Sunday, June 20, 2010


Protest gathering outside martyr’s house in Tehran, marking uprising anniversary

A large crowd of people gathered outside the home of Sohrab Aarabi, commemorating the anniversary of his death in last year’s uprising, and chanted 'Death to dictator' and 'God is great'. Plainclothes agents present at the scene, beat up the participants. According to reports, agents of the Ministry of Intelligence and Security (MOIS) raided the home of Sohrab Aarabi, vandalizing and damaging the facilities. MOIS agents also arrested a number of people present at Aarabi’s grave. On June 20th the anniversary of Neda Aghasoltan’s death by a bassiji militant, Neda’s mother has asked people to light a candle in her daughter’s memory. Agha sultan family were told by the officials not to hold a memorial for their daughter. Despite the regime’s threat, Neda’s family and more than 4000 people gathered at her grave and paid their respect. 5 women were arrested and taken to an undisclosed location. The street where Neda’s house is located was blocked by the authorities and plain clothes agants heavy presence was evident.

Iranian Regime announced closure of university dorm on anniversary of protests

The Iranian regime has announced that the University of Tehran dormitory, where a massive student protest against the theocracy was sparked in 1999, will be closed on the anniversary of the protests on July 8. Although the regime’s fears of student gatherings on July 8 and subsequent days is a clear motive behind the decision, the director of the university’s dormitory has cited “much needed extensive changes” as the reason for the closure. The dorm director, Dariush Esmaili, added that the students have from June 19 until June 26 to evacuate their rooms. Esmaili asked students to transfer their belongings to storage facilities, adding, the dormitory will be closed from June 30 to July 15. Esmaili added that during this time much needed extensive changes will be made to the dormitory.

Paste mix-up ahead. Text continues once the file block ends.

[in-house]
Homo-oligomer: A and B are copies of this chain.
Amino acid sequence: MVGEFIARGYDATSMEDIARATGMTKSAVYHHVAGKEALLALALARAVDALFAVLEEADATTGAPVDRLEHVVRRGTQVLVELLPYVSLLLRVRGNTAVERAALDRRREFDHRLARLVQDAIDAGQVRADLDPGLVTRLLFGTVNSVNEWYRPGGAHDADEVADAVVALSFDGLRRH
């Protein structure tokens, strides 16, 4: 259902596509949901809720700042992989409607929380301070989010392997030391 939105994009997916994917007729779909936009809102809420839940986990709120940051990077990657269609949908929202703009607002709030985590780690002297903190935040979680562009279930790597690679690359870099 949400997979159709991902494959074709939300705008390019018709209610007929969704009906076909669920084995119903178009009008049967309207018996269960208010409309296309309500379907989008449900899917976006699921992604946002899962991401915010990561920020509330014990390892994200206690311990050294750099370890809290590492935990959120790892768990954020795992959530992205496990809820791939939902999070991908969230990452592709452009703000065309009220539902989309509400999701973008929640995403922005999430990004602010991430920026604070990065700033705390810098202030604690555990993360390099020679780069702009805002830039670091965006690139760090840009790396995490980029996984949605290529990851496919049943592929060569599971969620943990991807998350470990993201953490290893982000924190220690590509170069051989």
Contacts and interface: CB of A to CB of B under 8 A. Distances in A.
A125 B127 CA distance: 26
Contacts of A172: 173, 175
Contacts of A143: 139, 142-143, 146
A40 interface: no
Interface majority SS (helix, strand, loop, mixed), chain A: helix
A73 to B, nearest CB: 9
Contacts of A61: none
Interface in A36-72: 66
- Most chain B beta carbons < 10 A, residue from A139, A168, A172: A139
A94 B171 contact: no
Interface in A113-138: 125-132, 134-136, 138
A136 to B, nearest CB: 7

Prime Minister Stephen Harper today issued a statement on June 12, 2010, marking the anniversary of Iran’s 2009 presidential election, which precipitated a serious deterioration in the country’s human rights situation. It reads: One year ago, in the wake of Iran’s presidential elections, the world bore witness to the Iranian regime’s violent repression of its citizens, who were exercising their right to freedom of expression and assembly in protest against the conduct of those elections. Iran has made absolutely no progress in the last year toward addressing the legitimate aspirations of its people. In fact, its regime has been even more repressive. Iran’s continued blatant disregard for the rights of its citizens must end. “Canada calls on the Iranian regime to uphold its human rights commitments by allowing freedom of expression, freedom of the press and freedom of assembly; protecting religious minorities; respecting the human rights of prisoners and detainees; and ensuring equal treatment of women and girls. “Canada also calls on the Iranian regime to conduct an independent investigation into the killings, violence, arrests and detentions that occurred in the wake of these demonstrations. 'Canada strongly urges the Iranian regime to respect diverse social and political groups and their freedom of expression, and to engage these groups in a constructive dialogue that will serve to strengthen the rich fabric of the Iranian nation. “Canada further urges the Iranian regime to respect the rights of the country’s Baha’i community and cease persecuting it, discriminating against it and detaining its members. We note the trial of the seven leaders of the Baha’i community was to take place today, and we call on the Iranian regime to ensure that due process is respected.